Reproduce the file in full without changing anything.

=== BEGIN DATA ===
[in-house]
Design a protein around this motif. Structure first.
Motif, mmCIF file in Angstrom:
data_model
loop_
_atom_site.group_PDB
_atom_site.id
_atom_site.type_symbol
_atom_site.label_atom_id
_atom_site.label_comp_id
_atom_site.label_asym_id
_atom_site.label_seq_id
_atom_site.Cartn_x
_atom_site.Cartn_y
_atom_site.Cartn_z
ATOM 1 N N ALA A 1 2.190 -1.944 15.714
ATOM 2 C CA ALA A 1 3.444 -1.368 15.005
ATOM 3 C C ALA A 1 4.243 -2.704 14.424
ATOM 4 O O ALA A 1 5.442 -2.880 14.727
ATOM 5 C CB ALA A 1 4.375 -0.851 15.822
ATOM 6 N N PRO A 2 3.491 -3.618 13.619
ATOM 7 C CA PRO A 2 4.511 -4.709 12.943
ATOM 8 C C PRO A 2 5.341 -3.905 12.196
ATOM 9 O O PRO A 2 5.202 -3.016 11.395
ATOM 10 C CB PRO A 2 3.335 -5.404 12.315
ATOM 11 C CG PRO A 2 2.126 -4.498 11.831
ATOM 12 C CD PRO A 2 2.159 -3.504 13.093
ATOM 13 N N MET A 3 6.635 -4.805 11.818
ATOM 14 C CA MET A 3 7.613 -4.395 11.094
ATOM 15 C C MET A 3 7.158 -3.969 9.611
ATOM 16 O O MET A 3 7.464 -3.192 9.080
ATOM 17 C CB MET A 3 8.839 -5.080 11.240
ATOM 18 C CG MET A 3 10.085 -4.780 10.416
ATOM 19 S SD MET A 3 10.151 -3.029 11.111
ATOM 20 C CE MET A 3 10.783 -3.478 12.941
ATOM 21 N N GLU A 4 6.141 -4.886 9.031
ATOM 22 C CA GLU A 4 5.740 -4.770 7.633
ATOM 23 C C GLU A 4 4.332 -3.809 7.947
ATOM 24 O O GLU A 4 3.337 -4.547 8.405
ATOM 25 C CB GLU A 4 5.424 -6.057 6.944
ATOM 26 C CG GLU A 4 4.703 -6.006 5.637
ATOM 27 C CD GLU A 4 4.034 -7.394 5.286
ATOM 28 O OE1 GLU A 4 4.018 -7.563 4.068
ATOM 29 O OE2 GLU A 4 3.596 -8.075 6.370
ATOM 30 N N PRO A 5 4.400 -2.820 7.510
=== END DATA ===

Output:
[in-house]
Design a protein around this motif. Structure first.
Motif, mmCIF file in Angstrom:
data_model
loop_
_atom_site.group_PDB
_atom_site.id
_atom_site.type_symbol
_atom_site.label_atom_id
_atom_site.label_comp_id
_atom_site.label_asym_id
_atom_site.label_seq_id
_atom_site.Cartn_x
_atom_site.Cartn_y
_atom_site.Cartn_z
ATOM 1 N N ALA A 1 2.190 -1.944 15.714
ATOM 2 C CA ALA A 1 3.444 -1.368 15.005
ATOM 3 C C ALA A 1 4.243 -2.704 14.424
ATOM 4 O O ALA A 1 5.442 -2.880 14.727
ATOM 5 C CB ALA A 1 4.375 -0.851 15.822
ATOM 6 N N PRO A 2 3.491 -3.618 13.619
ATOM 7 C CA PRO A 2 4.511 -4.709 12.943
ATOM 8 C C PRO A 2 5.341 -3.905 12.196
ATOM 9 O O PRO A 2 5.202 -3.016 11.395
ATOM 10 C CB PRO A 2 3.335 -5.404 12.315
ATOM 11 C CG PRO A 2 2.126 -4.498 11.831
ATOM 12 C CD PRO A 2 2.159 -3.504 13.093
ATOM 13 N N MET A 3 6.635 -4.805 11.818
ATOM 14 C CA MET A 3 7.613 -4.395 11.094
ATOM 15 C C MET A 3 7.158 -3.969 9.611
ATOM 16 O O MET A 3 7.464 -3.192 9.080
ATOM 17 C CB MET A 3 8.839 -5.080 11.240
ATOM 18 C CG MET A 3 10.085 -4.780 10.416
ATOM 19 S SD MET A 3 10.151 -3.029 11.111
ATOM 20 C CE MET A 3 10.783 -3.478 12.941
ATOM 21 N N GLU A 4 6.141 -4.886 9.031
ATOM 22 C CA GLU A 4 5.740 -4.770 7.633
ATOM 23 C C GLU A 4 4.332 -3.809 7.947
ATOM 24 O O GLU A 4 3.337 -4.547 8.405
ATOM 25 C CB GLU A 4 5.424 -6.057 6.944
ATOM 26 C CG GLU A 4 4.703 -6.006 5.637
ATOM 27 C CD GLU A 4 4.034 -7.394 5.286
ATOM 28 O OE1 GLU A 4 4.018 -7.563 4.068
ATOM 29 O OE2 GLU A 4 3.596 -8.075 6.370
ATOM 30 N N PRO A 5 4.400 -2.820 7.510